More, I don't know if you have noticed or not, but most animals understand and follow hierarchy rule: they size one another up, and if the person is not rated too lowly, or too highly, they will see them as equals and therefor rivals to their personhood or place in the pecking order. That is, animals do not normally see large animals or smaller animals as being on equal footing and so they aren't as aggressive towards them, as they are with their equals (the thought of aggression usually doesn't even cross their mind but with equals)...

Ergo, dogs bred to be highly aggressive will carry an even higher risk of attacking rivals: kids (people nearer their own size) and strangers.

posted on Dec, 7 2016 @ 03:37 PM
Dog breeds most certainly have behavioral characteristics that can only be explained by genetics and breeding. Some breeds are better hunters. Some are better guard dogs. Some are better fighters.

I had a Shetland Sheepdog for a time and she would naturally try to "herd" me when I cut grass. It was something about the lawnmower that sparked the desire to naturally herd. She'd literally run around me in circles and do all those herding moves if you've ever seen a sheepdog corral sheep. This was never taught to her, she just did it.

Dogs have a natural prey instinct and they are also hierarchical. Kids running can make dogs naturally want to chase them. Kids can also be seen as a rival.

Even though I love dogs, I am always extremely cautious when my son is around them as you just never know what might set a dog off.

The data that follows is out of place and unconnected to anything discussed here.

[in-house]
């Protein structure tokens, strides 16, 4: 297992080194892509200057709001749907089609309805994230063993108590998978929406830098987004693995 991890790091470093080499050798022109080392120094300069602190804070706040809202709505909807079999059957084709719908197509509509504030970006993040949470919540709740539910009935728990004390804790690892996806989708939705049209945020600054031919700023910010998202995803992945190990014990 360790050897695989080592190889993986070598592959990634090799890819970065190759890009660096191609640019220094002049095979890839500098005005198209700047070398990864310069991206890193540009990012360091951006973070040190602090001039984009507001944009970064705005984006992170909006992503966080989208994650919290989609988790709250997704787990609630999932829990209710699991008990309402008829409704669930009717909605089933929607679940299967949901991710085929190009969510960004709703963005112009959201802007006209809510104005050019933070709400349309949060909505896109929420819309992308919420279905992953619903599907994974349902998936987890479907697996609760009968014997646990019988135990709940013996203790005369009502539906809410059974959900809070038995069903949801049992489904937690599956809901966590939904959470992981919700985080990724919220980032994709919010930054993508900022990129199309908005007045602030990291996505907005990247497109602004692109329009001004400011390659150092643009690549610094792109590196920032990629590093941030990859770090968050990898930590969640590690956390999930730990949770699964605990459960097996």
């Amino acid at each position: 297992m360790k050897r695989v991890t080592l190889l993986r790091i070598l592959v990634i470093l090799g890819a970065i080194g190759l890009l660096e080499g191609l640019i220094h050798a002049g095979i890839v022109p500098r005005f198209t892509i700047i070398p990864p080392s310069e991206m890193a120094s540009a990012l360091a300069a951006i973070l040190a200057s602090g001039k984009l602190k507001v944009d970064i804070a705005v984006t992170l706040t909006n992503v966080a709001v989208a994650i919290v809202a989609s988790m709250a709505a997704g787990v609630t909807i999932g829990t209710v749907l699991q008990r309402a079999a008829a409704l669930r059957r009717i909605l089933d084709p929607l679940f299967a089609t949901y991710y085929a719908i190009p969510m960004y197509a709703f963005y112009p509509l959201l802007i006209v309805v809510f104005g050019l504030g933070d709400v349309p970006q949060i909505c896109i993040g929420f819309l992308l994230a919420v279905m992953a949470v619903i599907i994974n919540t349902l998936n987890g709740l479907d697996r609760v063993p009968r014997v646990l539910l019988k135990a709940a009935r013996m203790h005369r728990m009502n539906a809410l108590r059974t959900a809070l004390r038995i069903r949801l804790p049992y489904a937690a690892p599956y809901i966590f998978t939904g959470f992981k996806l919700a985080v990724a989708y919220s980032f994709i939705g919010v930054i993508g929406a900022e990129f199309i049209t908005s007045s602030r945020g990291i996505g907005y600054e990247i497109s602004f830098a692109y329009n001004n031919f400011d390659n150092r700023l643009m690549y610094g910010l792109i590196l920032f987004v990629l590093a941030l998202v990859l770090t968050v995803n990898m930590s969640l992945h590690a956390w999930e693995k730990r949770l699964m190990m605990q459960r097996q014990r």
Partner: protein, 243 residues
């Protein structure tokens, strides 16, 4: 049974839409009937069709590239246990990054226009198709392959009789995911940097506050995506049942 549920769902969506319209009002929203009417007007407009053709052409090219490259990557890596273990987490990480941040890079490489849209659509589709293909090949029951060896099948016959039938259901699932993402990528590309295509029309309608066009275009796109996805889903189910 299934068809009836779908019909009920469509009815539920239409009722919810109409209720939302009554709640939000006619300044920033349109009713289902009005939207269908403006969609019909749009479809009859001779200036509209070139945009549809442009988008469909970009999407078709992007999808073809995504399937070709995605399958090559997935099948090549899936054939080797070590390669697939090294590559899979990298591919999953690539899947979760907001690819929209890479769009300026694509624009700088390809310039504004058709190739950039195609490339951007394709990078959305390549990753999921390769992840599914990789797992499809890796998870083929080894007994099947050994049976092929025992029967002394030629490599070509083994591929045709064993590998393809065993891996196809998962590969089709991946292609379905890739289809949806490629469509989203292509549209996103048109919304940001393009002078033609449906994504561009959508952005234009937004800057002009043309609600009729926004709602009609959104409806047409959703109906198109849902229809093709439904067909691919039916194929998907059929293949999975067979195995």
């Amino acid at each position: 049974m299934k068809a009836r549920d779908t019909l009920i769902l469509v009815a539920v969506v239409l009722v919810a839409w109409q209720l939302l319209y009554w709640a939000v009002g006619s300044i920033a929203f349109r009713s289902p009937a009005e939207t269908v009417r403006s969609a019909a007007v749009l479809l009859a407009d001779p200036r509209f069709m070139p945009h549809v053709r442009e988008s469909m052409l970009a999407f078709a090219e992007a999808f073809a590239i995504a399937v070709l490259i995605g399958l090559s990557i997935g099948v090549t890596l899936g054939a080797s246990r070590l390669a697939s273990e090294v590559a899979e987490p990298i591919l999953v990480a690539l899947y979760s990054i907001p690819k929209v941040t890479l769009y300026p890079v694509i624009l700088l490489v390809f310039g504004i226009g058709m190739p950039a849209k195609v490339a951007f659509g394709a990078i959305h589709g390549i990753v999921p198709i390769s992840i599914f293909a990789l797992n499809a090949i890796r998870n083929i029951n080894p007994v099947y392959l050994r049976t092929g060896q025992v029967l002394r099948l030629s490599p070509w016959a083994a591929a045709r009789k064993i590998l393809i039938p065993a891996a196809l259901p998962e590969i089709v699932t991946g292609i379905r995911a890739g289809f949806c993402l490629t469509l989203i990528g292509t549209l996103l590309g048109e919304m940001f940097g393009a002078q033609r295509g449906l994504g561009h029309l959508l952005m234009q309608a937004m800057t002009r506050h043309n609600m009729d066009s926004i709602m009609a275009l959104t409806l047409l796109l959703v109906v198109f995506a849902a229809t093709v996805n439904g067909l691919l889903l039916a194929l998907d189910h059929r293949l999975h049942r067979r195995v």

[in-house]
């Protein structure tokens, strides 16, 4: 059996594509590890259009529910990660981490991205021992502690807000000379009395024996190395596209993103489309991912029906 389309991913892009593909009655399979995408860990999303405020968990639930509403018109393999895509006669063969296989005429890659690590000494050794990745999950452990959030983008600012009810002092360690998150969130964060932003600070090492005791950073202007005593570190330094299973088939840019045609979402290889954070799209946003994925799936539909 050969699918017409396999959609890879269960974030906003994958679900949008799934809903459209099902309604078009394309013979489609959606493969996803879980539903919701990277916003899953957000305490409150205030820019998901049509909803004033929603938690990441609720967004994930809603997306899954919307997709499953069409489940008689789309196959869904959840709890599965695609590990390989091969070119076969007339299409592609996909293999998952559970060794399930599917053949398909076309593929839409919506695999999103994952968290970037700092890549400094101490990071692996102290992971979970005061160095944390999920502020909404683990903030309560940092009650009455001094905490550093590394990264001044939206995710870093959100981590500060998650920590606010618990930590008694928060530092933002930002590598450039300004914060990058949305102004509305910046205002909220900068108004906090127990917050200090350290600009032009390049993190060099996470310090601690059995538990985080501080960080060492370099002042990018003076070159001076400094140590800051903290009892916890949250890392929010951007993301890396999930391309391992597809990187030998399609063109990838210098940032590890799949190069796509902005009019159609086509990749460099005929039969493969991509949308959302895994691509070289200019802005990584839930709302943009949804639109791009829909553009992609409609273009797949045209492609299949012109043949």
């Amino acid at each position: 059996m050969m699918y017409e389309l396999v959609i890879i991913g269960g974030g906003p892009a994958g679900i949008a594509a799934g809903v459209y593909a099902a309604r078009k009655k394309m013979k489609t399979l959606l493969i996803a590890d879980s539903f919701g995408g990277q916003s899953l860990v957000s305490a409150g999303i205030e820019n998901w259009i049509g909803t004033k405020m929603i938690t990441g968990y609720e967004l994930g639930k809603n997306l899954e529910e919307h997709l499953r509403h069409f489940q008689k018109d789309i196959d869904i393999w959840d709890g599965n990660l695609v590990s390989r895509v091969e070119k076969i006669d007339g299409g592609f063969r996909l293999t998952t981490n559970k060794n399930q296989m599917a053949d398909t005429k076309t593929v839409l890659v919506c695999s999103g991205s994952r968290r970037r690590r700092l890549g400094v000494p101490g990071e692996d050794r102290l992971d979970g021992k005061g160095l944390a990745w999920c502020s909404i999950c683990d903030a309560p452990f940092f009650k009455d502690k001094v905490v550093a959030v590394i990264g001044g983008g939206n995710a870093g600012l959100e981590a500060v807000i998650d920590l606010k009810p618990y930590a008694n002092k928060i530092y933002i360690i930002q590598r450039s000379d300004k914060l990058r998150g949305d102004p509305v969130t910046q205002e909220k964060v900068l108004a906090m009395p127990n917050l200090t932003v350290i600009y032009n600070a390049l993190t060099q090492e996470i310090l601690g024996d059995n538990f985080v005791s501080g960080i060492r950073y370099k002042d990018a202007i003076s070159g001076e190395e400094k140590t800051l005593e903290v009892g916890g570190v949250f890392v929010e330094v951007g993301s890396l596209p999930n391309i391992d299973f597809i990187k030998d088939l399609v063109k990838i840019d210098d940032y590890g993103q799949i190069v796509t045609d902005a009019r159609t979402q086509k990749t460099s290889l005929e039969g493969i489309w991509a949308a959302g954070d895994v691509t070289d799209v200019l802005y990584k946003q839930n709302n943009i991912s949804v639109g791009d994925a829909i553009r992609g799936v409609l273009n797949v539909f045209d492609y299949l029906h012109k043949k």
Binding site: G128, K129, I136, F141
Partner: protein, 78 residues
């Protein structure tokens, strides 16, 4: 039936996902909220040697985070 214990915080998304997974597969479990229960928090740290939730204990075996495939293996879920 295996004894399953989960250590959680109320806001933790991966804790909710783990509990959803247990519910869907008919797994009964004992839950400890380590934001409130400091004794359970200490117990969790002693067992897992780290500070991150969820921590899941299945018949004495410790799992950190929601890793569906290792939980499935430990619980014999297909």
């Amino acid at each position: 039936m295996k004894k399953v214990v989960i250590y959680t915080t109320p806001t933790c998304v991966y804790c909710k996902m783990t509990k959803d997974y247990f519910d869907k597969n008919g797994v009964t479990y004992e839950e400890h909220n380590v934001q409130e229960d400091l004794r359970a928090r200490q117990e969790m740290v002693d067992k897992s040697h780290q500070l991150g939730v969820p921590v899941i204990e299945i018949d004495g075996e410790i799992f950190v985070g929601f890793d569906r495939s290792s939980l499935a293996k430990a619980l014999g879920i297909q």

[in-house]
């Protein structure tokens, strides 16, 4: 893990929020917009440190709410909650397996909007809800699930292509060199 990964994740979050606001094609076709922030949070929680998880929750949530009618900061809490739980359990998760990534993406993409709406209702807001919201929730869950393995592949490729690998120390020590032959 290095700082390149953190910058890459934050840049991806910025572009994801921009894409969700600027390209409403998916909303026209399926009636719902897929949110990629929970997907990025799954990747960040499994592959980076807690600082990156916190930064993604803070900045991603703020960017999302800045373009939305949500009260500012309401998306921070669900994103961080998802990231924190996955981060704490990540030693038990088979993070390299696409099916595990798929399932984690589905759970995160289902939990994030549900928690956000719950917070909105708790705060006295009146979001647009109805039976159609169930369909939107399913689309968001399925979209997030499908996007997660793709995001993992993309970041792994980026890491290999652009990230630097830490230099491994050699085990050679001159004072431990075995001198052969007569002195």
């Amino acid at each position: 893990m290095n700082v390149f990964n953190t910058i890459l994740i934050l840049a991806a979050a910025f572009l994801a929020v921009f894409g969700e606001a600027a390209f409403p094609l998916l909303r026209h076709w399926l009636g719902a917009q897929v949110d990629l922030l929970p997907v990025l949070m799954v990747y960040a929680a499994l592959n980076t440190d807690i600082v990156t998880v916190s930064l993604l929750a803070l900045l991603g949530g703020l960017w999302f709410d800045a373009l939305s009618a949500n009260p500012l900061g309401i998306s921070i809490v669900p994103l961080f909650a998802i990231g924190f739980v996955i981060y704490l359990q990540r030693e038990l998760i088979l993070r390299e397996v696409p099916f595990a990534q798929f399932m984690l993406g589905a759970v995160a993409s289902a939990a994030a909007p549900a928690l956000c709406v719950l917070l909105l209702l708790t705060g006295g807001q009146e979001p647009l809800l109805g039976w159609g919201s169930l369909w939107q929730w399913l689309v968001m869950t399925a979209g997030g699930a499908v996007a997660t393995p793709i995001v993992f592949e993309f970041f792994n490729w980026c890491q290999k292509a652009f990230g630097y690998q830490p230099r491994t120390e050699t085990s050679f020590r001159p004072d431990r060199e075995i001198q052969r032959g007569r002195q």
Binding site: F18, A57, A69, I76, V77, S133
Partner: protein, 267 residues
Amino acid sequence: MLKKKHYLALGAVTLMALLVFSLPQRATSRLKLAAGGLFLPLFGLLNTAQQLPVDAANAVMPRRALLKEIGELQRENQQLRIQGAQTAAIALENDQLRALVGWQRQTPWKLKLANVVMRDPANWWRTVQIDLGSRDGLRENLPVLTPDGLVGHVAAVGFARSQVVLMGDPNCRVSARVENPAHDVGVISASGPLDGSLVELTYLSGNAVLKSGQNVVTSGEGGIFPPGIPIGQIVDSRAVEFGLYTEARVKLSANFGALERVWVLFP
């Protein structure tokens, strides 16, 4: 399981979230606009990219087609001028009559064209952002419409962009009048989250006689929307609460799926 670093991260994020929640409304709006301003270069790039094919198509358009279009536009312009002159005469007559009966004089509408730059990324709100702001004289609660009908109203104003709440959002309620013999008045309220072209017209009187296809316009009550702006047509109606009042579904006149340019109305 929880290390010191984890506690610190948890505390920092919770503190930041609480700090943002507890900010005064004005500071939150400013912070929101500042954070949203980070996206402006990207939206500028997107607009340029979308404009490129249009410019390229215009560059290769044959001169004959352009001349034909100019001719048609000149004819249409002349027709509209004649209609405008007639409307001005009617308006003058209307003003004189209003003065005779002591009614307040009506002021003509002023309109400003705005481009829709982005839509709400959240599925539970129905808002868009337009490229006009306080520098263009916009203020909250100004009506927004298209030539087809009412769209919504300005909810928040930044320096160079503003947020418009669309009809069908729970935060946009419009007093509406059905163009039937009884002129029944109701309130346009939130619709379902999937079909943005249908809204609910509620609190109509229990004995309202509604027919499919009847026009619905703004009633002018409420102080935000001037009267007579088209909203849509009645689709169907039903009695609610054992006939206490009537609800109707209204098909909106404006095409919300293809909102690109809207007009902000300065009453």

Pits just have a bad rap because so many of them are just raised in bad homes. It is like firearms around here. Always a few stories of little kids killing themselves when they find a firearm in the house. In vast majority of the cases, it is usuallly some hood rat family where the "daddy" was a felon, the firearm was illegal, and everything about the situation was irresponsible.

posted on Dec, 7 2016 @ 03:52 PM
a reply to: PageLC14

Most people who own pits are idiots, the kind of dog attracts them, it looks vicious and IS vicious.

A very rare few of them are trained so epically that they become entirely peaceful , too much work for most.

Why people even like them is beyond me, they are not a good looking animal , they are tough looking, which I think people think is cool.

Scammer drug dealer types all seem to have them, people who listen to hip hop think its awesome,

The dogs are used for protection, and yes MOST of them are dam dangerous.

posted on Dec, 7 2016 @ 04:25 PM
I have far, far too much experience with dogs to buy into the whole "mindless killing machines" nonsense.

Anyone who has worked with canines extensively, in nearly any capacity, will say exactly the same thing.

Many simply aren't interested in that though. We tend towards easy conclusions, rather than the work of addressing any singular issue effectively and this topic is no different.

What is different, and honestly fascinating, is that so many truly think themselves experts because they have had some dogs as pets. I can't think of too many comparable topics where so many will talk with such authority on things which they are obviously ignorant. That comes off a bit harsh maybe, but I really do find it interesting behavior.